Balamuralikrishna’s loss is irreplaceable: L Subramaniam

For Subramaniam, artistes like Balamuralikrishna happen once in a lifetime.

Written by Sonup Sahadevan | New Delhi | Published:November 22, 2016 9:34 pm
L Subramaniam termed M Balamuralikrishna's passing away as an irreplaceable loss to the nation and music fraternity. L Subramaniam termed M Balamuralikrishna’s passing away as an irreplaceable loss to the nation and music fraternity.

The music industry has been left bereaved after legendary carnatic vocalist M Balamuralikrishna passed away today. Reacting to the tragic news, eminent international violinist, L Subramaniam termed his passing away as an irreplaceable loss to the nation and music fraternity.

(See: Remembering legendary Carnatic musician M Balamuralikrishna: Rare and unseen photographs)

“He was a rare genius. A great singer, performer par excellence and amazing composer. I have had the privilege of knowing him since I was young. His voice clarity was so beautiful. It never deteriorated with age like in the case of many others. His performance was always like whiff of fresh air. His demise is a big loss. An irreplaceable one. ”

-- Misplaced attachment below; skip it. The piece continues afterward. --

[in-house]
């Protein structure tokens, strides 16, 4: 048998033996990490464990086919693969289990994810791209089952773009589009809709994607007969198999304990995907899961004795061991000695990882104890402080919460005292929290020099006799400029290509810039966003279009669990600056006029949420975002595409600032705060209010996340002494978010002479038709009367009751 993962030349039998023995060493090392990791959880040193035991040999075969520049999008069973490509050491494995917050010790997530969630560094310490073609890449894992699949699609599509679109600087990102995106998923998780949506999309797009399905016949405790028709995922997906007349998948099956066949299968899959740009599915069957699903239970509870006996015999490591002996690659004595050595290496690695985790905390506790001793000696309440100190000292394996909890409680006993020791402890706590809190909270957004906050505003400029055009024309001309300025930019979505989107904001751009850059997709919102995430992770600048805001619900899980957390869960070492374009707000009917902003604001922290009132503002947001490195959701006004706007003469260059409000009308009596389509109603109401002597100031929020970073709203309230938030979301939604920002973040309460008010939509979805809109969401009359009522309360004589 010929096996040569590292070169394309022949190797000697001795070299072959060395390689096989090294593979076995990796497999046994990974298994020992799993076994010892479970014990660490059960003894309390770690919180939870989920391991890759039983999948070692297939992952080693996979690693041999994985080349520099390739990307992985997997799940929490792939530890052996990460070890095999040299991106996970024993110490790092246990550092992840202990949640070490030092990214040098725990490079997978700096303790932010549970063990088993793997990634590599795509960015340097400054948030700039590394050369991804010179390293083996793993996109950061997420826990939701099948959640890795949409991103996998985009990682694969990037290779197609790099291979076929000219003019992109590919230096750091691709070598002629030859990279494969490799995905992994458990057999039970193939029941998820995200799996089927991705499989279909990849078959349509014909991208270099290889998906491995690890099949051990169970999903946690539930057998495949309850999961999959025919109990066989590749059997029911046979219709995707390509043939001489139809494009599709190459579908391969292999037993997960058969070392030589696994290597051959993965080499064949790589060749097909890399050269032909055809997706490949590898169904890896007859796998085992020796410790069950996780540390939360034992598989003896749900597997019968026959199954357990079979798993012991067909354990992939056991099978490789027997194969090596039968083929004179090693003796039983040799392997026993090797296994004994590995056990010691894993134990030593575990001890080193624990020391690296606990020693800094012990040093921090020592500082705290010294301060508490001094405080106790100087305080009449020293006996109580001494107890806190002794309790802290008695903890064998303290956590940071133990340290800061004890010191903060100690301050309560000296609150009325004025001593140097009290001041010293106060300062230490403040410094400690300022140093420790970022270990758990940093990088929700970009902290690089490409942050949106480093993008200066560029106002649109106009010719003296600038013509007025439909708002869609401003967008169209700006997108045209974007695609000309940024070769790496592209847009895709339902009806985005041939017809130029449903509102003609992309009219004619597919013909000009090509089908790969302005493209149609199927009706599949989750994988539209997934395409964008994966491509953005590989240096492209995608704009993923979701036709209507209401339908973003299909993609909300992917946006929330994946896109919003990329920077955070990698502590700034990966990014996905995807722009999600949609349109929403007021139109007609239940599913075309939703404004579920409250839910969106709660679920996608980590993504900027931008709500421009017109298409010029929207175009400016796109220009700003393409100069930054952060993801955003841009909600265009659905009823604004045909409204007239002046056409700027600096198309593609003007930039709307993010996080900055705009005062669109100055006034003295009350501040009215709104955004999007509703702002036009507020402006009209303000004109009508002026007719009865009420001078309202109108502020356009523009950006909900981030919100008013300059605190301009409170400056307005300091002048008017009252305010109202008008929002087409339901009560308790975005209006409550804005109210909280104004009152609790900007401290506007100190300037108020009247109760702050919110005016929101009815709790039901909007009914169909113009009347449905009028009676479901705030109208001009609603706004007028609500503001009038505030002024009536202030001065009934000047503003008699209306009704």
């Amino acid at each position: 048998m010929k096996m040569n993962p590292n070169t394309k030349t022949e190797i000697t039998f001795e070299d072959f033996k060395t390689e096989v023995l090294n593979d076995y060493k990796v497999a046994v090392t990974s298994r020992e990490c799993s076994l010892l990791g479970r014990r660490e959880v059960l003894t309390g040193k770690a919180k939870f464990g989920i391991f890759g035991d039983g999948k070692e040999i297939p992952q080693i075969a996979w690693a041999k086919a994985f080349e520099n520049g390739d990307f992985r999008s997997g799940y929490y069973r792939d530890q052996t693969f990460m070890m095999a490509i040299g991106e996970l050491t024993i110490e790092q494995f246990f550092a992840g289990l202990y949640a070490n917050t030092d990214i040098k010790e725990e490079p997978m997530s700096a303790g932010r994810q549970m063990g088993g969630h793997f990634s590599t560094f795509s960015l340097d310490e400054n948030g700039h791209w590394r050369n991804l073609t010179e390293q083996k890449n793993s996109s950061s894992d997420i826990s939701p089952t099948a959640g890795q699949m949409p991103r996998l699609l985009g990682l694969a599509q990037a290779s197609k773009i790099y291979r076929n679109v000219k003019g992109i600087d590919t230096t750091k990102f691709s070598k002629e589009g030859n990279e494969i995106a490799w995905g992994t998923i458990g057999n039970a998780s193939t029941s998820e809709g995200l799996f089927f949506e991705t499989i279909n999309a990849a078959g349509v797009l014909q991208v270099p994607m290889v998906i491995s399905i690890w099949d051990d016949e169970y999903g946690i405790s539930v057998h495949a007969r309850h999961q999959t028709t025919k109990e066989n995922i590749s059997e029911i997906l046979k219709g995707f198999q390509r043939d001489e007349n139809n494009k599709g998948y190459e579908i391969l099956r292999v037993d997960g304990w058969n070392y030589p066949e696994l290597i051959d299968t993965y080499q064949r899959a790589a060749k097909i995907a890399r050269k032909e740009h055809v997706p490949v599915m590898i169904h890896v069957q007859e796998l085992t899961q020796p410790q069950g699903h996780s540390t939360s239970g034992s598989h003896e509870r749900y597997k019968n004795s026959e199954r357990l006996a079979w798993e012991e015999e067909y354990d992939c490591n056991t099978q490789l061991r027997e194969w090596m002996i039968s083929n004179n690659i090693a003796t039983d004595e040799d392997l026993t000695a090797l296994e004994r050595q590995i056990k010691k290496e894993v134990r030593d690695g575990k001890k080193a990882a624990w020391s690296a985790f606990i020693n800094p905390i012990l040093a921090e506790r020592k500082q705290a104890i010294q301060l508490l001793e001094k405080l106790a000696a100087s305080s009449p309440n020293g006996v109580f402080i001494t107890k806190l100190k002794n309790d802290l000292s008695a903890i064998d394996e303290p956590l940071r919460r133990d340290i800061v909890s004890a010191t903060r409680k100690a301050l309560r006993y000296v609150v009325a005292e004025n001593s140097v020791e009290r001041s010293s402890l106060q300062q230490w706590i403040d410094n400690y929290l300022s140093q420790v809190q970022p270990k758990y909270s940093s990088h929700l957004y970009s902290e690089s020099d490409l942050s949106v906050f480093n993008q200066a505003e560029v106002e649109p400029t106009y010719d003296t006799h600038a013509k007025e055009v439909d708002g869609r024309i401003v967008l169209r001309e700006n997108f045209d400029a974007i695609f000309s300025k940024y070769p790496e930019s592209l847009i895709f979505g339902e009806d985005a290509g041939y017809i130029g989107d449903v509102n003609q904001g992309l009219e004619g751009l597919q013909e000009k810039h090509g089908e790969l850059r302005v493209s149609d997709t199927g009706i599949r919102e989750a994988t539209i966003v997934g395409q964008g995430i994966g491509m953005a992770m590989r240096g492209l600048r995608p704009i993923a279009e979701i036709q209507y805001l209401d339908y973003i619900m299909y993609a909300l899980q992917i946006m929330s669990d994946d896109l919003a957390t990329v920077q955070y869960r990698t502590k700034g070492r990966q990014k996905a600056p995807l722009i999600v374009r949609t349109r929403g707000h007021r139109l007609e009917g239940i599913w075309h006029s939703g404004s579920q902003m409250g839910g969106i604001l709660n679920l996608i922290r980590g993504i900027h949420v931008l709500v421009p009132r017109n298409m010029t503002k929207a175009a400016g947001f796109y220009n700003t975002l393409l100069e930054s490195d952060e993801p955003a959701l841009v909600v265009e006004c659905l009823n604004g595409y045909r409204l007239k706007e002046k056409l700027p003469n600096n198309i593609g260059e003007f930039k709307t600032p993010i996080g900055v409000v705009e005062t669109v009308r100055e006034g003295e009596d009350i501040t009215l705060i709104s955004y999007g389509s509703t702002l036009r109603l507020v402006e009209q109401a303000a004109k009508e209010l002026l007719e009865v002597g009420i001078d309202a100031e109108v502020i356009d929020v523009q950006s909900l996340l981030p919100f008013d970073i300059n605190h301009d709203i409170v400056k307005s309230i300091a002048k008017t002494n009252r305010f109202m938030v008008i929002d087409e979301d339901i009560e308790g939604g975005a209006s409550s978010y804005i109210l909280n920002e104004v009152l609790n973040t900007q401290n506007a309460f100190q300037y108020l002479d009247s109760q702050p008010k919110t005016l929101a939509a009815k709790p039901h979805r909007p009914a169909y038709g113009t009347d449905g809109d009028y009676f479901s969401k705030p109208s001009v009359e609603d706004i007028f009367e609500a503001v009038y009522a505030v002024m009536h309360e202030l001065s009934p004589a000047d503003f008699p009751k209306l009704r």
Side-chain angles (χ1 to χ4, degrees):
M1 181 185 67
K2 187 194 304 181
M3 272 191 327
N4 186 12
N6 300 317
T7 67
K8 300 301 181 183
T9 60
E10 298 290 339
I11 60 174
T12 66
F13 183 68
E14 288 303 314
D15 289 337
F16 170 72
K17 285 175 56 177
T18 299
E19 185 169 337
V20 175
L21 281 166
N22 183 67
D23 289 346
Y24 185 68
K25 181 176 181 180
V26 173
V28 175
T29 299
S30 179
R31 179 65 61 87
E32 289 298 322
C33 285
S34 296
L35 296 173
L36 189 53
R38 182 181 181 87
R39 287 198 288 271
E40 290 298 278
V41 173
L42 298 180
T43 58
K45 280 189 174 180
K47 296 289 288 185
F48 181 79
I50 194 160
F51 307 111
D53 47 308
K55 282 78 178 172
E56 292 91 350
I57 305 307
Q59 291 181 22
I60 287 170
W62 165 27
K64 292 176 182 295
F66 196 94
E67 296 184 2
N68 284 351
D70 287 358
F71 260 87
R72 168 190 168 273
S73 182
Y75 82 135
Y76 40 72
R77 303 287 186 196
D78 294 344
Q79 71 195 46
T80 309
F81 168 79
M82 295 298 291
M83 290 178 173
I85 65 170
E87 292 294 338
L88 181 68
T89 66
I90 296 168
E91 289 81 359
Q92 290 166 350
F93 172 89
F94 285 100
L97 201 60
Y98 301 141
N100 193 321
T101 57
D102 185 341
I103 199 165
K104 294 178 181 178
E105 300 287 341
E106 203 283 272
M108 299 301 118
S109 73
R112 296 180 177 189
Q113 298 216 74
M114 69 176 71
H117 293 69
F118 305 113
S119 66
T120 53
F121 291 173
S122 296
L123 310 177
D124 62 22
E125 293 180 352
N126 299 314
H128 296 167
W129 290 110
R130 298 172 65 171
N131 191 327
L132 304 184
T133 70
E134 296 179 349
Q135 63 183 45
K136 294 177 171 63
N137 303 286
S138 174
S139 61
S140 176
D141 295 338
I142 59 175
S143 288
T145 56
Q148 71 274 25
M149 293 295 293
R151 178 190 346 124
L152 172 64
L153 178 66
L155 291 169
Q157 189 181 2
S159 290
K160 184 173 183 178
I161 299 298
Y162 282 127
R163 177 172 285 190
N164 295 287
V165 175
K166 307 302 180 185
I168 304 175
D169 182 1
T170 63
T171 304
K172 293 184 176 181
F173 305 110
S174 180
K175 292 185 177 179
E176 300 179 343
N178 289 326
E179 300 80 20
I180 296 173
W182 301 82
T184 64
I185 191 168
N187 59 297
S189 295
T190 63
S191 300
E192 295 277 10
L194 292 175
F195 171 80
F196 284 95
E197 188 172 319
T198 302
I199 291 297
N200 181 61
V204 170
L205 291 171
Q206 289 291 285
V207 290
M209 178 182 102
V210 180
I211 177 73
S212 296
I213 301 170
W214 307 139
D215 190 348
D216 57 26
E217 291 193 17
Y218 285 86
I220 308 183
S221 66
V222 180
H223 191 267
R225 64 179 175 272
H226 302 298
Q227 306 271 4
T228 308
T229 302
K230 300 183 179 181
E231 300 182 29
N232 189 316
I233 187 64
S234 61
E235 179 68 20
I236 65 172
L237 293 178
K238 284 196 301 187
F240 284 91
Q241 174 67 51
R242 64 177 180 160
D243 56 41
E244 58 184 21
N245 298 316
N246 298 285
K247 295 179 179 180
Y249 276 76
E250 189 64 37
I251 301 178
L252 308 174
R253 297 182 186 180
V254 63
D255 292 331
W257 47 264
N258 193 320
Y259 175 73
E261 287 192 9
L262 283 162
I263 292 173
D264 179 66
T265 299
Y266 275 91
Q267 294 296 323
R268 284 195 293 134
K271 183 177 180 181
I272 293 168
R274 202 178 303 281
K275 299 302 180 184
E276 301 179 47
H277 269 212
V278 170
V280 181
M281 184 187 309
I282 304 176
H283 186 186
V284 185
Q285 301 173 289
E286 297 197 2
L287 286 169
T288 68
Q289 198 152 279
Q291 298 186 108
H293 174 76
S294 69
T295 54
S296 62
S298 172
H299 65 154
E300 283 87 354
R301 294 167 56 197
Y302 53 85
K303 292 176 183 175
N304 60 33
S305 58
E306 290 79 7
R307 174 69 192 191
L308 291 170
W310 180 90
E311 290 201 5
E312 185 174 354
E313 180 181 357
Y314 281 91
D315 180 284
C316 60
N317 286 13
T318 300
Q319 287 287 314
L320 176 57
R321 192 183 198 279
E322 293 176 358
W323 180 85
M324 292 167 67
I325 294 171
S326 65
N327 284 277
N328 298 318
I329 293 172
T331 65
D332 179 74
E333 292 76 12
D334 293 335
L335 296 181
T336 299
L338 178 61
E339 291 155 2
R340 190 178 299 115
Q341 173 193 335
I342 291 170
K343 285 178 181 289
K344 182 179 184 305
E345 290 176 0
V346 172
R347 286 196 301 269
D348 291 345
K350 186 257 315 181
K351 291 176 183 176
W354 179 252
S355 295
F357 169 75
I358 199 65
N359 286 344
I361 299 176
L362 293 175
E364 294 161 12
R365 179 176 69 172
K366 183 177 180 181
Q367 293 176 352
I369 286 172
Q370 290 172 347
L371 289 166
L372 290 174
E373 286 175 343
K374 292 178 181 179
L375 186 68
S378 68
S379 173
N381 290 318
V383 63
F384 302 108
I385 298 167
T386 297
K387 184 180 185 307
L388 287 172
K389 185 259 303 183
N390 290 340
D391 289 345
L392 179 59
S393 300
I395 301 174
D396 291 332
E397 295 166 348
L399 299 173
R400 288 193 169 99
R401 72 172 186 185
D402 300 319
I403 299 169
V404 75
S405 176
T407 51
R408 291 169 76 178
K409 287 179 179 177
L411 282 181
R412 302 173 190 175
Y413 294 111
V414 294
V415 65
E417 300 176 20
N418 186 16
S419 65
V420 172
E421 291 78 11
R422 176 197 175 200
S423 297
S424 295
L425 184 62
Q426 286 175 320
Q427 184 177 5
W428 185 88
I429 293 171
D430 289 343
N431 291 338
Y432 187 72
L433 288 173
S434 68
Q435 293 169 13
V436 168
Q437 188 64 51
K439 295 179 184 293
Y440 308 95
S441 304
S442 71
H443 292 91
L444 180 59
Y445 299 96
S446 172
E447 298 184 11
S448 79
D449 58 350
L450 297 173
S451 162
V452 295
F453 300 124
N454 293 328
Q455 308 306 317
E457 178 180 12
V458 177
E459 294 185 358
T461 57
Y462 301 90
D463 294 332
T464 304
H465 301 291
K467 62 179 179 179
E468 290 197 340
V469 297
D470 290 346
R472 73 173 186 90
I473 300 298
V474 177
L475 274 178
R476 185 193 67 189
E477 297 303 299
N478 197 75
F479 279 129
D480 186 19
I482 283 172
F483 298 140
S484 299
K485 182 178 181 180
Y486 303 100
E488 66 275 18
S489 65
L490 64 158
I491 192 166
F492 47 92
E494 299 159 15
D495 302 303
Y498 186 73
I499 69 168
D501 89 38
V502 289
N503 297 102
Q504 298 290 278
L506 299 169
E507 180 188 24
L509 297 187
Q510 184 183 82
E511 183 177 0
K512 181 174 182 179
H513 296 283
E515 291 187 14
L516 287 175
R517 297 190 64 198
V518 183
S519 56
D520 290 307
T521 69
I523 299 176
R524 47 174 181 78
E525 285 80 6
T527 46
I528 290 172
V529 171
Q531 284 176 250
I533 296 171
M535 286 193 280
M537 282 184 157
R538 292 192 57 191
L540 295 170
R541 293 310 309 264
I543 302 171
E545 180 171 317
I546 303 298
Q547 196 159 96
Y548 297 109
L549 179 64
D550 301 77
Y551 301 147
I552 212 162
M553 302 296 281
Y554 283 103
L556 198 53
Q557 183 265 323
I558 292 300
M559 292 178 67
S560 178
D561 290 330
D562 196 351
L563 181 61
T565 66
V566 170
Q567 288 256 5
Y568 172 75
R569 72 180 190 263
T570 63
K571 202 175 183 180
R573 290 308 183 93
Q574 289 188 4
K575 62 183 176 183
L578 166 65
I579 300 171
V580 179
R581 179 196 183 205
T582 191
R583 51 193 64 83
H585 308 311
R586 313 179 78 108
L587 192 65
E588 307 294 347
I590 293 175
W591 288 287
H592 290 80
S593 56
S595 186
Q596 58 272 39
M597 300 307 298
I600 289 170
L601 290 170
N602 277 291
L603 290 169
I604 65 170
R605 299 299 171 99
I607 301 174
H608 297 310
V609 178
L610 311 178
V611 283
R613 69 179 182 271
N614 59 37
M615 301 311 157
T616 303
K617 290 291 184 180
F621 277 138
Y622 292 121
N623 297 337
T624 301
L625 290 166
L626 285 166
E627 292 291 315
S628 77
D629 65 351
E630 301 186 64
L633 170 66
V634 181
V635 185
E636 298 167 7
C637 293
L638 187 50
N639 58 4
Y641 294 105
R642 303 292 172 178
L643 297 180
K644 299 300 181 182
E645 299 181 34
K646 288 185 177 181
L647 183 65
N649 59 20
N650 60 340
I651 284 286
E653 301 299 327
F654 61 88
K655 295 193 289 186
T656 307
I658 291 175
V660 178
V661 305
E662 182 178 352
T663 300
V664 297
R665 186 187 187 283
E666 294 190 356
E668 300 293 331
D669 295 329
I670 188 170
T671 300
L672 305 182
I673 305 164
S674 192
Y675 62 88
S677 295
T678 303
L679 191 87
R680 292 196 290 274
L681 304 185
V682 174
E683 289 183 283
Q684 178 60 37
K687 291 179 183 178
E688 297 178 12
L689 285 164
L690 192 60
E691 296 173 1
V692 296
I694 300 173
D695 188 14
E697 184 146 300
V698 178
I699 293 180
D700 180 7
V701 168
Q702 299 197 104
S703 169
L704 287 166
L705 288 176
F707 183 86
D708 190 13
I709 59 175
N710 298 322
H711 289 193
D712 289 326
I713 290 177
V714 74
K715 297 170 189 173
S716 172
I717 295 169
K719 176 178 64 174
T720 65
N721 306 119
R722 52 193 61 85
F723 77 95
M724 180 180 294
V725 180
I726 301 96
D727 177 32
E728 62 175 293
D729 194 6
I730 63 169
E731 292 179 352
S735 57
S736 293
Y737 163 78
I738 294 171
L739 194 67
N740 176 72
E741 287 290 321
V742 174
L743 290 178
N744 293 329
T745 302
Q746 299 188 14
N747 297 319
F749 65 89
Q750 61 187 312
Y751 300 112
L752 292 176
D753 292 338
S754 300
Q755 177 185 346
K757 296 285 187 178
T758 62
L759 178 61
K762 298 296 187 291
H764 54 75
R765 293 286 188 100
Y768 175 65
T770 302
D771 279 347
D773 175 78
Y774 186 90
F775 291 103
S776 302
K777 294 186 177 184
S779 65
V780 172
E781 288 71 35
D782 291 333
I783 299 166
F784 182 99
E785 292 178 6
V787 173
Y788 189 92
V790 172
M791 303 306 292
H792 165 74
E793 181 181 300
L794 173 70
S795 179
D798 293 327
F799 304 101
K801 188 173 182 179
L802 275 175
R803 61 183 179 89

For Subramaniam, artistes like Balamuralikrishna happen once in a lifetime.

(Also read: M Balamuralikrishna, the spirit of Carnatic music)

“His kind of musician doesn’t come often. He elevated music to a new level with his creativity and genius. He was one of those few musicians who had mastered the instrument called viola. It’s a great loss for the nation. He was certainly a Bharat Ratna material and he will always be remembered as a legend who was part of the golden period of Indian music along Semmangudi Srinivasa Iyer, M.S. Subbulakshmi,” said Subramaniam.

Balamuralikrishna passed away earlier today after a brief illness. The legend was 86 when he breathed his last. Among the many honours awarded to him, sitting right at top is nation’s second highest civilian honour Padma Vibhushan. The French government also awarded him with the prestigious Ordre des Arts et des Lettres in 2005.